Lawyers, Runs & Money: A look back at the chaotic, sprawling world of sports in 2023, including You-Know-Who

There’s something appropriate about the fact that 2023 began with college football in a moment of complete uncertainty. As the clock struck midnight in the Eastern Time Zone, an Ohio State field goal attempt was in the air. If it sailed true, Ohio State would be on to the national championship. If it flew wide, Georgia would have the chance to defend its title.

The kick trickled off to the left, Georgia went on to win its second straight national championship, and college football established itself from the first seconds of 2023 as the most significant and compelling sport of the year. The NFL drew more viewers, women’s college basketball experienced more growth, Major League Soccer drew more worldwide attention, but no sport embodied the year’s dominant themes — money, celebrity and controversy — quite like college football.

[More top moments from 2023: NFL, NBA, WNBA, MLB, college football, men's college basketball, women's college basketball, golf, soccer]

Story of the Year: College football tears itself apart, tries to rebuild

Throw a dart at a map of the United States, and you’ll hit a fascinating college football story: Washington and Oregon bailing on the Pac-12 for the Big Ten … California teams joining the Atlantic Coast ConferenceDeion Sanders (briefly) making Colorado the center of the college football universe … Texas most definitely coming back … Michigan (perhaps) using stolen signals to (perhaps) buttress its three straight playoff runs.

The entire college football whirlwind led up to the year’s most controversial moment: Florida State going undefeated, yet being left out of the playoff while two one-loss teams got in. Just try to explain anything about college football this season to a non-fan, and see how long it takes for them to point out that there is no logic whatsoever behind this sport. Exactly, and that’s why America loves it.

Pasadena, CA - October 28:  Head coach Deion Sanders of the Colorado Buffaloes prior to a NCAA Football game between the UCLA Bruins and the Colorado Buffaloes at the Rose Bowl in Pasadena on Saturday, October 28, 2023. (Photo by Keith Birmingham/MediaNews Group/Pasadena Star-News via Getty Images)
Deion Sanders' debut as head coach of the Colorado Buffaloes proved to be one of the biggest stories of the year in college football, if not all of American sports. (Keith Birmingham/MediaNews Group/Pasadena Star-News via Getty Images)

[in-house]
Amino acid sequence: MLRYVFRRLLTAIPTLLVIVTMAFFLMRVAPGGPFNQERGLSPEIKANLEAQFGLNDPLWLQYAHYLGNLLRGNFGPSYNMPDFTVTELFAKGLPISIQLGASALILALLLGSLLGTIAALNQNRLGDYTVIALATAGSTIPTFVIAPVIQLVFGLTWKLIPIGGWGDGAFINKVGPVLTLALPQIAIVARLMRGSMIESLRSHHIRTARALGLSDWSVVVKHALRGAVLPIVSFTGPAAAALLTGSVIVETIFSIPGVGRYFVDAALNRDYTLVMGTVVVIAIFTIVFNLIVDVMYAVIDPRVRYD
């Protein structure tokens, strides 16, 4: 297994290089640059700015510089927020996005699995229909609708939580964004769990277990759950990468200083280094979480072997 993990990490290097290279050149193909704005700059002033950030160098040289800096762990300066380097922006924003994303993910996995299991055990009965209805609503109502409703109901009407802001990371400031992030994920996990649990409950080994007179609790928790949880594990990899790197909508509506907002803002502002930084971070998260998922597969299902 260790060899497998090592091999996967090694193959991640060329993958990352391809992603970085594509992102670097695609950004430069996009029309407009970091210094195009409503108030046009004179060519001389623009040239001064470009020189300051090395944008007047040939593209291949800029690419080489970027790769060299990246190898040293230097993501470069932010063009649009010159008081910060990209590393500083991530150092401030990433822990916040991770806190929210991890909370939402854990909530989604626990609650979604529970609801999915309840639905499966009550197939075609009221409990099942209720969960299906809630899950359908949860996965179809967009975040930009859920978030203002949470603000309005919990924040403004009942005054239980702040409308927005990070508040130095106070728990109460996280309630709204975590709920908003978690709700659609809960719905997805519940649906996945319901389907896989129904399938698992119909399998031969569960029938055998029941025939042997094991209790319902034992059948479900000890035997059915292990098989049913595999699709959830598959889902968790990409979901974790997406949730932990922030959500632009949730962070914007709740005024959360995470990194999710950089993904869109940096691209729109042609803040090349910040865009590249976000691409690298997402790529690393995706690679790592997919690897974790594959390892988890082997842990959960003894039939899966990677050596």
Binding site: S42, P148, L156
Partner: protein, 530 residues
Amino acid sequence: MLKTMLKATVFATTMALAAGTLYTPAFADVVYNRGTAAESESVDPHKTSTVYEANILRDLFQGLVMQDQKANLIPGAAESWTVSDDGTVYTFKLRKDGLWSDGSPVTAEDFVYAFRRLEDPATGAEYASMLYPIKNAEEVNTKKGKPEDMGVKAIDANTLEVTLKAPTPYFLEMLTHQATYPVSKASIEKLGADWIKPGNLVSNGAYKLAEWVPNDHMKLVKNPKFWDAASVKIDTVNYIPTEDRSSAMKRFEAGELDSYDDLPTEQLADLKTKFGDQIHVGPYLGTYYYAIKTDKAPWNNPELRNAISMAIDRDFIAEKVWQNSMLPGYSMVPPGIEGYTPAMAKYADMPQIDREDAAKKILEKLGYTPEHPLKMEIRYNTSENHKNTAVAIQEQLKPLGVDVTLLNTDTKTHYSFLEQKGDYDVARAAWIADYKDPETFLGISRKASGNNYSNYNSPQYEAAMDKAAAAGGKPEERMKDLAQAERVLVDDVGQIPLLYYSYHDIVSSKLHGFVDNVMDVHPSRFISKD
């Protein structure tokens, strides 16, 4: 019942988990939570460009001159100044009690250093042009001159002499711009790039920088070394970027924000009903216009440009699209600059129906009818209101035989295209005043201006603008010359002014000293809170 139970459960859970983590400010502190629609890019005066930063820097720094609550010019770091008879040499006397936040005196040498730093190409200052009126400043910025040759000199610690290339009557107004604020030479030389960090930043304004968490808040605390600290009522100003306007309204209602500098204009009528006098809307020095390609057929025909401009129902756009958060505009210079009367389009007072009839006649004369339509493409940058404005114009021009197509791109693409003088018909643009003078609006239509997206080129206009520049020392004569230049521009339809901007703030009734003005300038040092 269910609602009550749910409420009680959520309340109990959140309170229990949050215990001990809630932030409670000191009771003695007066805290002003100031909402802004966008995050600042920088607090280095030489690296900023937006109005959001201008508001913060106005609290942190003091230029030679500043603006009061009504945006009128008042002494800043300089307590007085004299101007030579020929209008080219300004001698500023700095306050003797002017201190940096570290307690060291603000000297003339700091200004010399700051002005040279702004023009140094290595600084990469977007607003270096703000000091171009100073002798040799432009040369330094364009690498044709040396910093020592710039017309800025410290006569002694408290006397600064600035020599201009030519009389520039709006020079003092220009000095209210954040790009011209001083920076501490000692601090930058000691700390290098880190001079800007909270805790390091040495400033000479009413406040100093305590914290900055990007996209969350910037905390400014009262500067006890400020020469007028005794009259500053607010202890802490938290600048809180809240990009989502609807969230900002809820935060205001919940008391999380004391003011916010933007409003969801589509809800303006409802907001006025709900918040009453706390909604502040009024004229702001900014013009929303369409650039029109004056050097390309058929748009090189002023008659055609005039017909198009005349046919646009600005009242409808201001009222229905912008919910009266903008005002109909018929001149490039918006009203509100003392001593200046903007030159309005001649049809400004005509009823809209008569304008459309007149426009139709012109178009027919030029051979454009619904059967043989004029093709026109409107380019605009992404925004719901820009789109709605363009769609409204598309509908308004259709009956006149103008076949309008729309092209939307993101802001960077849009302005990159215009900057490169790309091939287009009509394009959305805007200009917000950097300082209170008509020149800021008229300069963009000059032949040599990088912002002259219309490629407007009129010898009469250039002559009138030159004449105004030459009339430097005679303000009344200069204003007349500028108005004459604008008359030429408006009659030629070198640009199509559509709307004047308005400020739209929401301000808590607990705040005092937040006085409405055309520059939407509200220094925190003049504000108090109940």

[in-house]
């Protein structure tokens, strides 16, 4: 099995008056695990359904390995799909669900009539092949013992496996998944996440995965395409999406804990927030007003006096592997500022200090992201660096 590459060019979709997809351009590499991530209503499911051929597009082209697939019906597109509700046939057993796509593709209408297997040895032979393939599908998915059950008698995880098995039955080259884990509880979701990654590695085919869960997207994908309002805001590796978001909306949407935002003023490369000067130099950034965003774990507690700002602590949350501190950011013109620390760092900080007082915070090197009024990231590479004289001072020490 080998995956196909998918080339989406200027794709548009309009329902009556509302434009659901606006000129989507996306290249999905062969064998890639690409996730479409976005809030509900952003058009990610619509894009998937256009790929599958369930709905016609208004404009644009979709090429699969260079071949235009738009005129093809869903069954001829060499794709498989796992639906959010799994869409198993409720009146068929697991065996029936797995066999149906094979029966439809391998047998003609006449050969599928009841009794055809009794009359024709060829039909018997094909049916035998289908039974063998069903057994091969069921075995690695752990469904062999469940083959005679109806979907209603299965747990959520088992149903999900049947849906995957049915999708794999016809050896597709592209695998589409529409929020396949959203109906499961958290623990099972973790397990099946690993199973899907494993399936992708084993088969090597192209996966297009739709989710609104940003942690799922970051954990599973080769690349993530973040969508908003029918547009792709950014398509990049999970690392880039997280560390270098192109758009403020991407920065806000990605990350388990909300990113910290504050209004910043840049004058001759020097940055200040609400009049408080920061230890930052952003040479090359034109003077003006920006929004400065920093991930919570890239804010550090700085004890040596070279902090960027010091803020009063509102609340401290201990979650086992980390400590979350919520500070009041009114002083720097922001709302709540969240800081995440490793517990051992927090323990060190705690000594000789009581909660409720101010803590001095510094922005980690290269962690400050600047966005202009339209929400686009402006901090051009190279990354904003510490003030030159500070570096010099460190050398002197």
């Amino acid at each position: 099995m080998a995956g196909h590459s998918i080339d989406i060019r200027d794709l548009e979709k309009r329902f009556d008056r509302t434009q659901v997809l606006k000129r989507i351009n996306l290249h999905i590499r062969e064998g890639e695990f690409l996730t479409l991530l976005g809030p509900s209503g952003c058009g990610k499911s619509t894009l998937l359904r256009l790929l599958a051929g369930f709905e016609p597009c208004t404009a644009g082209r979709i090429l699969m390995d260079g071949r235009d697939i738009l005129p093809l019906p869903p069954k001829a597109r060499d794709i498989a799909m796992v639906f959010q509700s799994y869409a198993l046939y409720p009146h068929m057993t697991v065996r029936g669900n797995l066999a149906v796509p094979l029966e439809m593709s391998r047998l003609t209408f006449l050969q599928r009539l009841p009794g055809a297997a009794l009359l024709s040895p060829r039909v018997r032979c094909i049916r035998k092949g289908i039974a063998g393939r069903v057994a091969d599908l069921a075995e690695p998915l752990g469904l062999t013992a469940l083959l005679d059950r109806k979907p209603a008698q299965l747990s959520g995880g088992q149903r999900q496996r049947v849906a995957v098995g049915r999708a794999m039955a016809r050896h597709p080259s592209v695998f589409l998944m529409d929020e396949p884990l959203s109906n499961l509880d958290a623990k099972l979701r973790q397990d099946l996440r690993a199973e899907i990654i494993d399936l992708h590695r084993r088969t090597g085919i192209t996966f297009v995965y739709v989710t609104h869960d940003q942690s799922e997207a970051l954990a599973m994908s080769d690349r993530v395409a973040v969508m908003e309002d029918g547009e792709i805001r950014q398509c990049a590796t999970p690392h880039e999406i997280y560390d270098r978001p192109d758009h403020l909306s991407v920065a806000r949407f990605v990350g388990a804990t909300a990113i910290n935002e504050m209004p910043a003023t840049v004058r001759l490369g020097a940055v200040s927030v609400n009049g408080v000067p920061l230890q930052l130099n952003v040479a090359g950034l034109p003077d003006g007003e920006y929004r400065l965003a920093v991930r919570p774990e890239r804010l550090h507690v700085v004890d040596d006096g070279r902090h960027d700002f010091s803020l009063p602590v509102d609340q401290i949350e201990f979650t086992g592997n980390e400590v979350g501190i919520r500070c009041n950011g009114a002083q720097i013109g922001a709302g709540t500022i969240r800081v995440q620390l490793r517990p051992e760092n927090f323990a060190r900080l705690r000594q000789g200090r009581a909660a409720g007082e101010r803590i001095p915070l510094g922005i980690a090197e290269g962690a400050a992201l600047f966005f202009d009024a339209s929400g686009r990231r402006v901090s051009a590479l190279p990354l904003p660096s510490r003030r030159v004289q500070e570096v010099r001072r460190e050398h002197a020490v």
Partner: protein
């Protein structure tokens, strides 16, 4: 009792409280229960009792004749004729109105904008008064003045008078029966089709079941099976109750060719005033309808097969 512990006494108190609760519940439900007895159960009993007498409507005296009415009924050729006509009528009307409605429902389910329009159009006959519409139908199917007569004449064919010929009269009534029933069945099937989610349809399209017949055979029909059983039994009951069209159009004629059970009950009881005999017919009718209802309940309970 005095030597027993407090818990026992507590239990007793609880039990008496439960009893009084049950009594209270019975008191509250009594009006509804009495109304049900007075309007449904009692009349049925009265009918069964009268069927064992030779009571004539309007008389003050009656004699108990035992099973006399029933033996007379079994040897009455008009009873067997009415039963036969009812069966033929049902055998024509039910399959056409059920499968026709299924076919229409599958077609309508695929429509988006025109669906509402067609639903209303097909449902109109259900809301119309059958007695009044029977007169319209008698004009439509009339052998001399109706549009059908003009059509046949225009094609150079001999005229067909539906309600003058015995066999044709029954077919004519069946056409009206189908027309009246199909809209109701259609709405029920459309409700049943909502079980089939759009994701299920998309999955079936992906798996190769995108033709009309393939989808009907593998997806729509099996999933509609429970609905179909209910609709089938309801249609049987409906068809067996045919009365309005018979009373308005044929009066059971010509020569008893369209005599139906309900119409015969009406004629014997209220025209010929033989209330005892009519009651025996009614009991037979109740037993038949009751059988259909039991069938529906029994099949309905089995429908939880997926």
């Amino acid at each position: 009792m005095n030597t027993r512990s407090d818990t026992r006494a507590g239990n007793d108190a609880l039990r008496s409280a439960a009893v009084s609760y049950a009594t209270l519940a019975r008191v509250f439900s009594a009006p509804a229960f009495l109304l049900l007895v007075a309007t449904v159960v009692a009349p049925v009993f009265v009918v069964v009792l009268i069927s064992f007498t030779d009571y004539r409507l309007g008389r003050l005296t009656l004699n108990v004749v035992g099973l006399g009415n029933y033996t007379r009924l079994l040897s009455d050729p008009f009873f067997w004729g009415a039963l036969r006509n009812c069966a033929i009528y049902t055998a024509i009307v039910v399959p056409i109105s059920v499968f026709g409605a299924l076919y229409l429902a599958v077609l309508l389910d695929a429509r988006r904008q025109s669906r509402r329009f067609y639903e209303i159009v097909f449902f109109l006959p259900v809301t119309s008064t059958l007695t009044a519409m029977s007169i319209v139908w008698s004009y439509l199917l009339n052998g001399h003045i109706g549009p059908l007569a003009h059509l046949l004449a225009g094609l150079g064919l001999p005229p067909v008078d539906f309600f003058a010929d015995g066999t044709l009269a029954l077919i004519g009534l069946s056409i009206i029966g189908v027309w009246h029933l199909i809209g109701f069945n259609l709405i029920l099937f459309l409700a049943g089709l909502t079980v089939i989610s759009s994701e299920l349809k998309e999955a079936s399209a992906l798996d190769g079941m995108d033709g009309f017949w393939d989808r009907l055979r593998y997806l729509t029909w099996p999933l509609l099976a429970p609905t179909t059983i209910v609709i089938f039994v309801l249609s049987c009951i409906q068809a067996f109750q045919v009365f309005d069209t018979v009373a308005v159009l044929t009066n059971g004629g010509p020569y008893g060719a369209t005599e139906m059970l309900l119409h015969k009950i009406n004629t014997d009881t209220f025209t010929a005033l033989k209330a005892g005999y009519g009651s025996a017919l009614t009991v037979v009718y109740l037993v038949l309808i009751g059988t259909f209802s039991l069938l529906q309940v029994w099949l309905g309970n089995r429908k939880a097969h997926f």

Fame over talent: The power of celebrity

Sanders — sorry, Coach Prime — perfectly illustrated another thread running through the American sports ecosystem: the perpetual, inexhaustible power of celebrity. Sanders held all of college football in his grasp in the opening days of the season, but as his team lost, so too did he lose his grip on the nation’s attention. Meanwhile, Taylor Swift began dating Kansas City’s Travis Kelce, leading two energized and engaged fan bases to suddenly realize the other existed. Swift got more airtime on early season Chiefs broadcasts than anyone this side of Patrick Mahomes.

Americans got a taste of the mania the rest of the world has experienced for years when Leo Messi made his debut with Inter Miami over the summer. Sellout crowds, intensive security protocols and hype rarely seen in sports followed Messi everywhere he went. But even he couldn’t raise the woeful Miami club out of its mediocrity. Another international icon, Shohei Ohtani, is hoping for better results with his new club. Ohtani, now with the Dodgers, is on pace to become baseball’s first breakout superstar since Ken Griffey Jr. two decades ago. And Ohtani came at a bargain price of $2 million per season … for now.

It’s always about the money, except when it’s about more money

Ohtani’s mammoth contract — 10 years, $700 million, with $68 million per year deferred — is the most obvious evidence of the incomprehensibly large sums now whirling around the sports world. See also: LIV Golf, which dished out hundreds of millions of Saudi Arabia’s money to a handful of pros, despite not having a significant broadcast presence or, really, any nationwide interest. The A’s left Oakland for Vegas, and the Capitals and Wizards will leave D.C. for Virginia, in pursuit of ever-greater piles of taxpayer-backed cash.